While the HFC deal has received little criticism from business interests or Republicans in Congress, at least one leading skeptic of climate change says the agreement should require Senate approval. The State Department is reviewing whether the HFC amendment requires approval as a treaty.
“Should the Obama administration proceed to formalize acceptance of the latest amendment to the Montreal Protocol, the Senate must be involved,” Sen. Jim Inhofe, R-Okla., told The Daily Signal in a written statement, adding:
The Montreal Protocol has been formally amended four times since it entered into force with each one going through the advice and consent process in the Senate. Despite the message from the Obama administration, the limitations of Senate-granted authority to the Montreal Protocol have not changed.
‘Writing on the Wall’
In response to the original Montreal Protocol, which phased out use of chlorofluorocarbons, the ozone-depleting coolants known as CFCs, manufacturers transitioned to a replacement chemical: HFCs.
While HFCs are healthier for the ozone layer, many scientists say they, like CFCs, are a strong agent that produces climate change.
In anticipation of the regulations, companies collectively have spent billions of dollars researching a replacement for HFCs and redesigning manufacturing equipment.
“It’s not normal for industries to ask to be regulated,” said Frances Dietz, vice president of public affairs at the Air-Conditioning, Heating, and Refrigeration Institute, a major industry group. Dietz added:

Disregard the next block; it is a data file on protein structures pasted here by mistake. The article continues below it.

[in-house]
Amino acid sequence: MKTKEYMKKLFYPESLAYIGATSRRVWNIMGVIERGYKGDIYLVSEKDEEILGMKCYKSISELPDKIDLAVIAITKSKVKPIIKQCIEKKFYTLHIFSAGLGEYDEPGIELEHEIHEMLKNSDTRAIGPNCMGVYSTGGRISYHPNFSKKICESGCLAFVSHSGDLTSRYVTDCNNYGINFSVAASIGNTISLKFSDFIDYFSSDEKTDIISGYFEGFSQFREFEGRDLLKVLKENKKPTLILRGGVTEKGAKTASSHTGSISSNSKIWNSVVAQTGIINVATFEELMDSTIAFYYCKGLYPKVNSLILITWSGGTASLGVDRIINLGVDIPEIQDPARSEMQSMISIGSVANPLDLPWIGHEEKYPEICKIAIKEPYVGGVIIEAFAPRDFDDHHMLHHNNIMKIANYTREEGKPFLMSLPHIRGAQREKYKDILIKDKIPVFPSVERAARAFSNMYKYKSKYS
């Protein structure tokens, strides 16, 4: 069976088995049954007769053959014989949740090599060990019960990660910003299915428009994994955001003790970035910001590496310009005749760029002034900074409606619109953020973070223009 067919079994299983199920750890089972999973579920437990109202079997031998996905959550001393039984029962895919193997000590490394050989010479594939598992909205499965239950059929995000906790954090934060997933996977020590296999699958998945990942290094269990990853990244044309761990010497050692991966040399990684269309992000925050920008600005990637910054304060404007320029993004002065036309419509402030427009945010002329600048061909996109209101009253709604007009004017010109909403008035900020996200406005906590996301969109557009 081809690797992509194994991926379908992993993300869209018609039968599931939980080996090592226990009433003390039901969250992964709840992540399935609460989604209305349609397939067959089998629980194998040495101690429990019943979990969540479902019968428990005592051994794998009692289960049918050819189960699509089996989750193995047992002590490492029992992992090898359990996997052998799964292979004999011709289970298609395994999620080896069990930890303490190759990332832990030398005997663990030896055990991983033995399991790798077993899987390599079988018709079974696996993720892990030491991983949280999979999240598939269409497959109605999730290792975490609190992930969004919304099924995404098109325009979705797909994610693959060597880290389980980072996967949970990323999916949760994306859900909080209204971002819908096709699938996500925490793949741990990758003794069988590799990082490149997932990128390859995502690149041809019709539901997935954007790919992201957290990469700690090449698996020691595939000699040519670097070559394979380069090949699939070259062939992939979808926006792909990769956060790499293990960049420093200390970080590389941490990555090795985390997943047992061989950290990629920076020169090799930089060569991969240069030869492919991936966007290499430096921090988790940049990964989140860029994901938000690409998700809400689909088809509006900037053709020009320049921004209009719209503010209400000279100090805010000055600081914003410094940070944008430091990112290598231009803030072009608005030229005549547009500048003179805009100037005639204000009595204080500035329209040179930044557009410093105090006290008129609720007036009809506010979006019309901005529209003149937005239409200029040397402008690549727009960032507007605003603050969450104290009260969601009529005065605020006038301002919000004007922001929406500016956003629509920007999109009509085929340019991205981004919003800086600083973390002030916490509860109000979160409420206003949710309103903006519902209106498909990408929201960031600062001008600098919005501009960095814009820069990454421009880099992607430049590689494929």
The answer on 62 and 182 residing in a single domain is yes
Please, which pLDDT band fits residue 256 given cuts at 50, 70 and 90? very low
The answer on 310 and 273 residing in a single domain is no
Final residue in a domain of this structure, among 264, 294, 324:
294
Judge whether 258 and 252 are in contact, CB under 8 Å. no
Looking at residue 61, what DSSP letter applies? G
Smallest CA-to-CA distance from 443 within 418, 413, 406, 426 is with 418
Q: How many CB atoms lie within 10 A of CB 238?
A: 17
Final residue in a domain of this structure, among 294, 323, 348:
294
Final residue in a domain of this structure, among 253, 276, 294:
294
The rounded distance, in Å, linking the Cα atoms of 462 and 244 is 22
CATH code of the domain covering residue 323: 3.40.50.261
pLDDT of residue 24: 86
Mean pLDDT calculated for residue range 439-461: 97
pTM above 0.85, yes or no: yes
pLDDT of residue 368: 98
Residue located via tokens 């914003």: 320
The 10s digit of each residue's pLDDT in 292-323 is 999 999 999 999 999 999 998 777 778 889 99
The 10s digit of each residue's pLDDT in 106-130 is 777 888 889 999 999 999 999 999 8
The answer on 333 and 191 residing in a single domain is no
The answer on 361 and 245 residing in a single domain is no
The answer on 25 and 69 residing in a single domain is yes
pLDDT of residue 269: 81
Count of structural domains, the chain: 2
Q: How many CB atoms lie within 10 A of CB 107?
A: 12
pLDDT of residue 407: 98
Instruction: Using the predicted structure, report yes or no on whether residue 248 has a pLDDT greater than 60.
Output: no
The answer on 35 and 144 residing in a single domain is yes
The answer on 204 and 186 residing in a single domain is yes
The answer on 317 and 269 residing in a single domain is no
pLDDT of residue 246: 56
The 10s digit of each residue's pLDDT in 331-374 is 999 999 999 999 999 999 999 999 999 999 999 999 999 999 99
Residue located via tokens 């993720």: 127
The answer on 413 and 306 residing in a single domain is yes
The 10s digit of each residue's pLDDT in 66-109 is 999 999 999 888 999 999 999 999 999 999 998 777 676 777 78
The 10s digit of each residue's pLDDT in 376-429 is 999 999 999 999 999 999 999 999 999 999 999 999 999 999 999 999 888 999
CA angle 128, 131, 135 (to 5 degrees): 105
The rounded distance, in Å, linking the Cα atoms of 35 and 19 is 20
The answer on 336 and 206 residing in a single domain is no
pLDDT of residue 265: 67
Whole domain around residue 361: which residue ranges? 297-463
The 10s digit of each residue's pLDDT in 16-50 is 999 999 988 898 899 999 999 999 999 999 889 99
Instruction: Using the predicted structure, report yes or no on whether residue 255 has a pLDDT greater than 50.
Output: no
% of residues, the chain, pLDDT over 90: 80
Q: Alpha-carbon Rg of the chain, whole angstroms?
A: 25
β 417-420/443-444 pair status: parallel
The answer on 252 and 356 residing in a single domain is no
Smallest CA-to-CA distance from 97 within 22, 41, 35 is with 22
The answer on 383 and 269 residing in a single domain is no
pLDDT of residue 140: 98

But if you look at it from a business perspective, predictability is very important. Even if it’s something you’d rather not have to do, at least if I know what’s coming I can prepare for it. We saw the writing on the wall and set ourselves up, so we were not surprised. It’s an interesting story that everybody is on the same page.
Sergio Chayet, director of a master’s program in supply chain management at Washington University in St. Louis, says suppliers such as Chemours, Honeywell, Arkema, and Daikin have invested in research and development on what they call HFOs, or hydrofluoroolefins. An alternative to HFCs, they quickly degrade in the atmosphere, limiting how much heat they trap.
These suppliers have been actively securing patents and building production facilities in the U.S., China, and Japan, some of which already are operational.
Making a Change
Some alternatives to HFCs are in use. For example, a coolant called HFO-1234yf is becoming the standard chemical used to air-condition new cars in the U.S. and European Union.
But other alternatives have not been approved in the U.S.
Critics of HFO-1234yf question its safety and cost. The New York Times reports the alternative coolant is at least 10 times more expensive than the one it replaces.
Costs are higher, Chayet said, because the HFO industry is highly concentrated and protected by patents, giving the limited participants pricing power.